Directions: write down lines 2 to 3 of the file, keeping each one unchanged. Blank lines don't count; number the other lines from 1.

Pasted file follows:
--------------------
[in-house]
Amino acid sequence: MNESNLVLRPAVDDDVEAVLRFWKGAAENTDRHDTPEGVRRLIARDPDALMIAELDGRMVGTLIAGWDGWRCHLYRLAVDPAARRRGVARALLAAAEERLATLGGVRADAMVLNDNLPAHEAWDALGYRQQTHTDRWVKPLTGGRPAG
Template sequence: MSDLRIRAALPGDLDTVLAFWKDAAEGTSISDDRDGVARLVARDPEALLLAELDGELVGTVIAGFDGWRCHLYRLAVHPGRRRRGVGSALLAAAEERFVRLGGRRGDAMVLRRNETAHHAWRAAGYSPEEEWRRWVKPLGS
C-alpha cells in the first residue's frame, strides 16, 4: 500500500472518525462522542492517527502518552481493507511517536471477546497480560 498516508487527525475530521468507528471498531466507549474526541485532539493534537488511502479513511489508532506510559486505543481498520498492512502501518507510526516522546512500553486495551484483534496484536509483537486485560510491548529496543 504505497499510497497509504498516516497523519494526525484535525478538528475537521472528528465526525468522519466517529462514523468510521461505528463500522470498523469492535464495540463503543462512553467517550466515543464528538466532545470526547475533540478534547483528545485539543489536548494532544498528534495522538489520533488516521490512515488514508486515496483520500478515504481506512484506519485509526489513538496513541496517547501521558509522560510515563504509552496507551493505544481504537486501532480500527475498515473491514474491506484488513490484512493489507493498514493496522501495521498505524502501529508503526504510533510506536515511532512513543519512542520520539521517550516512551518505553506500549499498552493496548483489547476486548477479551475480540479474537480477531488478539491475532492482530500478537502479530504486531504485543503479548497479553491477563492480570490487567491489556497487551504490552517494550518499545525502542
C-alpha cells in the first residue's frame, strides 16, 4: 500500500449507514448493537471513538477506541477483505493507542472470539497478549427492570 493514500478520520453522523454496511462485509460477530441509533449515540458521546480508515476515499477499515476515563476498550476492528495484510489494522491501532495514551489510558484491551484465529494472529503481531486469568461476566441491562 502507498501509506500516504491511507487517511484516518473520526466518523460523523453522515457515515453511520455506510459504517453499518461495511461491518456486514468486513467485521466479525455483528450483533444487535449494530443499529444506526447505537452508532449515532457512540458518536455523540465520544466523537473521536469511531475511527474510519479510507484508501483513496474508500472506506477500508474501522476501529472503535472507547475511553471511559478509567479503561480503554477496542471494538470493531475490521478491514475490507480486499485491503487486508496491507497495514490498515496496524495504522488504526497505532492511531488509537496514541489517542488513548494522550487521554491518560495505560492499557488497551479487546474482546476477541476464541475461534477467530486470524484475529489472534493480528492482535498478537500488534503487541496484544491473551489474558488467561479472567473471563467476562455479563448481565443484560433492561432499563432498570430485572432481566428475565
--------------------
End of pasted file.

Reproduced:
Amino acid sequence: MNESNLVLRPAVDDDVEAVLRFWKGAAENTDRHDTPEGVRRLIARDPDALMIAELDGRMVGTLIAGWDGWRCHLYRLAVDPAARRRGVARALLAAAEERLATLGGVRADAMVLNDNLPAHEAWDALGYRQQTHTDRWVKPLTGGRPAG
Template sequence: MSDLRIRAALPGDLDTVLAFWKDAAEGTSISDDRDGVARLVARDPEALLLAELDGELVGTVIAGFDGWRCHLYRLAVHPGRRRRGVGSALLAAAEERFVRLGGRRGDAMVLRRNETAHHAWRAAGYSPEEEWRRWVKPLGS